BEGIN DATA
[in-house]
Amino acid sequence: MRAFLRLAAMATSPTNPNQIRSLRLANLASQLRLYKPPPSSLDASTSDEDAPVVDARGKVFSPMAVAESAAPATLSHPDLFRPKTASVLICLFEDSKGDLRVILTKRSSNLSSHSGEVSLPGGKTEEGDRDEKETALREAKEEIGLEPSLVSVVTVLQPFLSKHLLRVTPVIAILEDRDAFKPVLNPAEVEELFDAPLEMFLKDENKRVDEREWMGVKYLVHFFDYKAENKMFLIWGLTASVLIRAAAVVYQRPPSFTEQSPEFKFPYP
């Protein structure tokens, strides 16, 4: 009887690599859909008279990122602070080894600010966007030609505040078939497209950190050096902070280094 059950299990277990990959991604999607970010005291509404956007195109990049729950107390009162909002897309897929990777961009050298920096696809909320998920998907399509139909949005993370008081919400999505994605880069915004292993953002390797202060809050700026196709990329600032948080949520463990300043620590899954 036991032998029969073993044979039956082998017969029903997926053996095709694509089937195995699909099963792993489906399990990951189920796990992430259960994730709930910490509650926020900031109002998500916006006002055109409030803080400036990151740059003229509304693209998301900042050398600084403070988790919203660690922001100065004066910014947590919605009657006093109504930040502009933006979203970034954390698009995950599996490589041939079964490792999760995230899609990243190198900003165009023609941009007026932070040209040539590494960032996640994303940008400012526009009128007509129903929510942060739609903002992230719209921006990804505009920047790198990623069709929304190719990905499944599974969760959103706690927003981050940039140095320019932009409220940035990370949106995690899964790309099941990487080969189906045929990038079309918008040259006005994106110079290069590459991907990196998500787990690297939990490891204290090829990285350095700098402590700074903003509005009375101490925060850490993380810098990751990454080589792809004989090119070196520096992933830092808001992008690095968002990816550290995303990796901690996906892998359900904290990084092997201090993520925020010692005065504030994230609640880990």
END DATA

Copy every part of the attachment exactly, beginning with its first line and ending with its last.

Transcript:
[in-house]
Amino acid sequence: MRAFLRLAAMATSPTNPNQIRSLRLANLASQLRLYKPPPSSLDASTSDEDAPVVDARGKVFSPMAVAESAAPATLSHPDLFRPKTASVLICLFEDSKGDLRVILTKRSSNLSSHSGEVSLPGGKTEEGDRDEKETALREAKEEIGLEPSLVSVVTVLQPFLSKHLLRVTPVIAILEDRDAFKPVLNPAEVEELFDAPLEMFLKDENKRVDEREWMGVKYLVHFFDYKAENKMFLIWGLTASVLIRAAAVVYQRPPSFTEQSPEFKFPYP
């Protein structure tokens, strides 16, 4: 009887690599859909008279990122602070080894600010966007030609505040078939497209950190050096902070280094 059950299990277990990959991604999607970010005291509404956007195109990049729950107390009162909002897309897929990777961009050298920096696809909320998920998907399509139909949005993370008081919400999505994605880069915004292993953002390797202060809050700026196709990329600032948080949520463990300043620590899954 036991032998029969073993044979039956082998017969029903997926053996095709694509089937195995699909099963792993489906399990990951189920796990992430259960994730709930910490509650926020900031109002998500916006006002055109409030803080400036990151740059003229509304693209998301900042050398600084403070988790919203660690922001100065004066910014947590919605009657006093109504930040502009933006979203970034954390698009995950599996490589041939079964490792999760995230899609990243190198900003165009023609941009007026932070040209040539590494960032996640994303940008400012526009009128007509129903929510942060739609903002992230719209921006990804505009920047790198990623069709929304190719990905499944599974969760959103706690927003981050940039140095320019932009409220940035990370949106995690899964790309099941990487080969189906045929990038079309918008040259006005994106110079290069590459991907990196998500787990690297939990490891204290090829990285350095700098402590700074903003509005009375101490925060850490993380810098990751990454080589792809004989090119070196520096992933830092808001992008690095968002990816550290995303990796901690996906892998359900904290990084092997201090993520925020010692005065504030994230609640880990």